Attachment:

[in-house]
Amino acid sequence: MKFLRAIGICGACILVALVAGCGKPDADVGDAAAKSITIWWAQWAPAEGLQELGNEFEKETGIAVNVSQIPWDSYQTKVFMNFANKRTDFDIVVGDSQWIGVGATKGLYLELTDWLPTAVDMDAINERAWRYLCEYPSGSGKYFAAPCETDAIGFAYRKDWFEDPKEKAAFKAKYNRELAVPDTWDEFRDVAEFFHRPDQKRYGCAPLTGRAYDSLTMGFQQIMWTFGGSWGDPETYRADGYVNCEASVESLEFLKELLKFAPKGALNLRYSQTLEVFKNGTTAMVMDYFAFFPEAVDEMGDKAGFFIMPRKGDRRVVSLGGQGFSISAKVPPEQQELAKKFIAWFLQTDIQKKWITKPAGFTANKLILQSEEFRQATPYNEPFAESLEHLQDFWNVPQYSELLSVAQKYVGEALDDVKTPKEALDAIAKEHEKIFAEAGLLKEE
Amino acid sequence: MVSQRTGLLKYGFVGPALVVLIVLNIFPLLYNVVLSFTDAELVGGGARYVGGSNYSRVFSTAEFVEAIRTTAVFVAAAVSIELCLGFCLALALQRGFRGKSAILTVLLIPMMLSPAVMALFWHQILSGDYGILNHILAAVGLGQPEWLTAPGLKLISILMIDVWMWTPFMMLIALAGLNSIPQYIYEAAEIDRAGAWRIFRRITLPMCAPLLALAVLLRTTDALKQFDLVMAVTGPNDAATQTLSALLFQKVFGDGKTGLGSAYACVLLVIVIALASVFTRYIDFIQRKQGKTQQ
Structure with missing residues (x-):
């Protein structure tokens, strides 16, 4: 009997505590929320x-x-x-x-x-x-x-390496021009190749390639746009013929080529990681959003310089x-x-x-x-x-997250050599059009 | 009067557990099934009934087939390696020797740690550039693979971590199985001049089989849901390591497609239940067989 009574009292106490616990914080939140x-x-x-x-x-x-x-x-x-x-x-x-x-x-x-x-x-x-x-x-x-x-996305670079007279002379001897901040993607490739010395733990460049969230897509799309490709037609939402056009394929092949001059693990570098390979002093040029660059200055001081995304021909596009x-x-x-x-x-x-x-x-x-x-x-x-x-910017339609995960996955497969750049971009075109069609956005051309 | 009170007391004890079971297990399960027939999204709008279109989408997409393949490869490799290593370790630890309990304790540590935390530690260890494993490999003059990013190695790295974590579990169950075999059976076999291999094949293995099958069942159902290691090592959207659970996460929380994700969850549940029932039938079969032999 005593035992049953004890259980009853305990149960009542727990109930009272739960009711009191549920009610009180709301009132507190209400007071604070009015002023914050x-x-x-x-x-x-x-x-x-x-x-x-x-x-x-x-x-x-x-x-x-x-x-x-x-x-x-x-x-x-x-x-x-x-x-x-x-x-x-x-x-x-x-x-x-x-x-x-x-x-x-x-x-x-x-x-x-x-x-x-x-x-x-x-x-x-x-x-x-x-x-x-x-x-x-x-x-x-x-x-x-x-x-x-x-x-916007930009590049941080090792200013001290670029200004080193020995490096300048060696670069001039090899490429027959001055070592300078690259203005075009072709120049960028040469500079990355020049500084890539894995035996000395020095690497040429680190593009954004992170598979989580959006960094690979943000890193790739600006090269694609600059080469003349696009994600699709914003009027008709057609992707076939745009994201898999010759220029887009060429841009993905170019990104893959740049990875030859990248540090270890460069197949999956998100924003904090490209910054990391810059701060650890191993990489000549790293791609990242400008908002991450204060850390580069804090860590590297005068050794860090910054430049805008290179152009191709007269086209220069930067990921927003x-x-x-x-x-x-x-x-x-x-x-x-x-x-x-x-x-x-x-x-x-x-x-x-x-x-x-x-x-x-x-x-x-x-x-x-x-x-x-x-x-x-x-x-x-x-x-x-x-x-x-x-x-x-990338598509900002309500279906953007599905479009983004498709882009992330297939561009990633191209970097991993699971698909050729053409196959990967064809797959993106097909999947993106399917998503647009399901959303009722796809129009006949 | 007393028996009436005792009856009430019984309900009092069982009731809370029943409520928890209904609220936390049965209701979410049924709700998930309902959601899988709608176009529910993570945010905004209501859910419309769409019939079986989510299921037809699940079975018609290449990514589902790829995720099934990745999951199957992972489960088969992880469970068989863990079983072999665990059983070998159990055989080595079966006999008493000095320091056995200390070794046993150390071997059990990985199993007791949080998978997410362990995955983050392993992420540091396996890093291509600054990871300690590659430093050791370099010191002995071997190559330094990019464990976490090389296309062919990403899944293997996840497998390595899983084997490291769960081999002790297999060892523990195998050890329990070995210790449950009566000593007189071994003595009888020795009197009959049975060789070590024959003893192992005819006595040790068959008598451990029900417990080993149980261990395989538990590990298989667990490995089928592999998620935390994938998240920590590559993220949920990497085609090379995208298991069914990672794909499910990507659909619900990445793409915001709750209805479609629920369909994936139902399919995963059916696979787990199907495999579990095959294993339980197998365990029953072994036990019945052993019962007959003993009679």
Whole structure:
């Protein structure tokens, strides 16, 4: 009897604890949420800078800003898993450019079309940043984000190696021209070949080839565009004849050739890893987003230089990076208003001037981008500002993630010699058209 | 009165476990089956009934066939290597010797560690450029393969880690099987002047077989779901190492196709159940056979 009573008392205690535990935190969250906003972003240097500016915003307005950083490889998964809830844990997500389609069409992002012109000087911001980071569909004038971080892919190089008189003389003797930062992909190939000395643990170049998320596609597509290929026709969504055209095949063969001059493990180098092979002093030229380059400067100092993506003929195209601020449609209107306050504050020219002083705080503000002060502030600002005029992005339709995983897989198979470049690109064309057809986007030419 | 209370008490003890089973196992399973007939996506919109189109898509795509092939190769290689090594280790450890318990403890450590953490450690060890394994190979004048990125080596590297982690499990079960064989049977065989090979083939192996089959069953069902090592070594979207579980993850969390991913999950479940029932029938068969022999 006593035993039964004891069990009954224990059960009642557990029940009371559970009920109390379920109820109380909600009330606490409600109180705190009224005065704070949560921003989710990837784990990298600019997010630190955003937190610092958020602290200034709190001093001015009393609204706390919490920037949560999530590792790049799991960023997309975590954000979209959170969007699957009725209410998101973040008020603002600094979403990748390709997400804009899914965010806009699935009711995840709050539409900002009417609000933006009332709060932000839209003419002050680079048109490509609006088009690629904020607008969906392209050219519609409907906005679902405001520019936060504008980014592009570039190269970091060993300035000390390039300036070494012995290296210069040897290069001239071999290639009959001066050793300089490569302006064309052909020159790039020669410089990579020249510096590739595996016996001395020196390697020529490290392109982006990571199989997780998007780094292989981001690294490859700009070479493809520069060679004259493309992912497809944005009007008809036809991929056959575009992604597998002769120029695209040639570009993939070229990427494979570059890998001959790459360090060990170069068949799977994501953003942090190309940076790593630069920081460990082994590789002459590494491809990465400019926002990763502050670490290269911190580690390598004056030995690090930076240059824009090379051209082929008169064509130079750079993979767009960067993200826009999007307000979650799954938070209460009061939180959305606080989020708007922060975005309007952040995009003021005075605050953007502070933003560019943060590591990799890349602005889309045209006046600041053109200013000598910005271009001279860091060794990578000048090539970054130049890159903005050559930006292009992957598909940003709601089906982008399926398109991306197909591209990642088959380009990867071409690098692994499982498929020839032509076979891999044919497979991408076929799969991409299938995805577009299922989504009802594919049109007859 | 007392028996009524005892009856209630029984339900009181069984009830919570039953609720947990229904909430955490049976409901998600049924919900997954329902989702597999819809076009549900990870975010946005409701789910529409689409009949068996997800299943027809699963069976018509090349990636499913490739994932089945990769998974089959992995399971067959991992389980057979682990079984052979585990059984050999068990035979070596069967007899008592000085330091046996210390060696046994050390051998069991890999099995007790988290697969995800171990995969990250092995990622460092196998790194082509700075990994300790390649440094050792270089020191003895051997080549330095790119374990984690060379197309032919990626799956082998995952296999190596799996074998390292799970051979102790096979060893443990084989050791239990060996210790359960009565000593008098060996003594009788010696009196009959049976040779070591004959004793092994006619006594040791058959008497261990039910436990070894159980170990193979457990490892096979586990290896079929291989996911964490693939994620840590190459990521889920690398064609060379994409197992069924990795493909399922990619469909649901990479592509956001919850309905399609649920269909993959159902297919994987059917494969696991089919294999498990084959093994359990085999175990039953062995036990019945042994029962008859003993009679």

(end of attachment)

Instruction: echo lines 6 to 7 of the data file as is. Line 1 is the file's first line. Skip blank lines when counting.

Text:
Whole structure:
């Protein structure tokens, strides 16, 4: 009897604890949420800078800003898993450019079309940043984000190696021209070949080839565009004849050739890893987003230089990076208003001037981008500002993630010699058209 | 009165476990089956009934066939290597010797560690450029393969880690099987002047077989779901190492196709159940056979 009573008392205690535990935190969250906003972003240097500016915003307005950083490889998964809830844990997500389609069409992002012109000087911001980071569909004038971080892919190089008189003389003797930062992909190939000395643990170049998320596609597509290929026709969504055209095949063969001059493990180098092979002093030229380059400067100092993506003929195209601020449609209107306050504050020219002083705080503000002060502030600002005029992005339709995983897989198979470049690109064309057809986007030419 | 209370008490003890089973196992399973007939996506919109189109898509795509092939190769290689090594280790450890318990403890450590953490450690060890394994190979004048990125080596590297982690499990079960064989049977065989090979083939192996089959069953069902090592070594979207579980993850969390991913999950479940029932029938068969022999 006593035993039964004891069990009954224990059960009642557990029940009371559970009920109390379920109820109380909600009330606490409600109180705190009224005065704070949560921003989710990837784990990298600019997010630190955003937190610092958020602290200034709190001093001015009393609204706390919490920037949560999530590792790049799991960023997309975590954000979209959170969007699957009725209410998101973040008020603002600094979403990748390709997400804009899914965010806009699935009711995840709050539409900002009417609000933006009332709060932000839209003419002050680079048109490509609006088009690629904020607008969906392209050219519609409907906005679902405001520019936060504008980014592009570039190269970091060993300035000390390039300036070494012995290296210069040897290069001239071999290639009959001066050793300089490569302006064309052909020159790039020669410089990579020249510096590739595996016996001395020196390697020529490290392109982006990571199989997780998007780094292989981001690294490859700009070479493809520069060679004259493309992912497809944005009007008809036809991929056959575009992604597998002769120029695209040639570009993939070229990427494979570059890998001959790459360090060990170069068949799977994501953003942090190309940076790593630069920081460990082994590789002459590494491809990465400019926002990763502050670490290269911190580690390598004056030995690090930076240059824009090379051209082929008169064509130079750079993979767009960067993200826009999007307000979650799954938070209460009061939180959305606080989020708007922060975005309007952040995009003021005075605050953007502070933003560019943060590591990799890349602005889309045209006046600041053109200013000598910005271009001279860091060794990578000048090539970054130049890159903005050559930006292009992957598909940003709601089906982008399926398109991306197909591209990642088959380009990867071409690098692994499982498929020839032509076979891999044919497979991408076929799969991409299938995805577009299922989504009802594919049109007859 | 007392028996009524005892009856209630029984339900009181069984009830919570039953609720947990229904909430955490049976409901998600049924919900997954329902989702597999819809076009549900990870975010946005409701789910529409689409009949068996997800299943027809699963069976018509090349990636499913490739994932089945990769998974089959992995399971067959991992389980057979682990079984052979585990059984050999068990035979070596069967007899008592000085330091046996210390060696046994050390051998069991890999099995007790988290697969995800171990995969990250092995990622460092196998790194082509700075990994300790390649440094050792270089020191003895051997080549330095790119374990984690060379197309032919990626799956082998995952296999190596799996074998390292799970051979102790096979060893443990084989050791239990060996210790359960009565000593008098060996003594009788010696009196009959049976040779070591004959004793092994006619006594040791058959008497261990039910436990070894159980170990193979457990490892096979586990290896079929291989996911964490693939994620840590190459990521889920690398064609060379994409197992069924990795493909399922990619469909649901990479592509956001919850309905399609649920269909993959159902297919994987059917494969696991089919294999498990084959093994359990085999175990039953062995036990019945042994029962008859003993009679």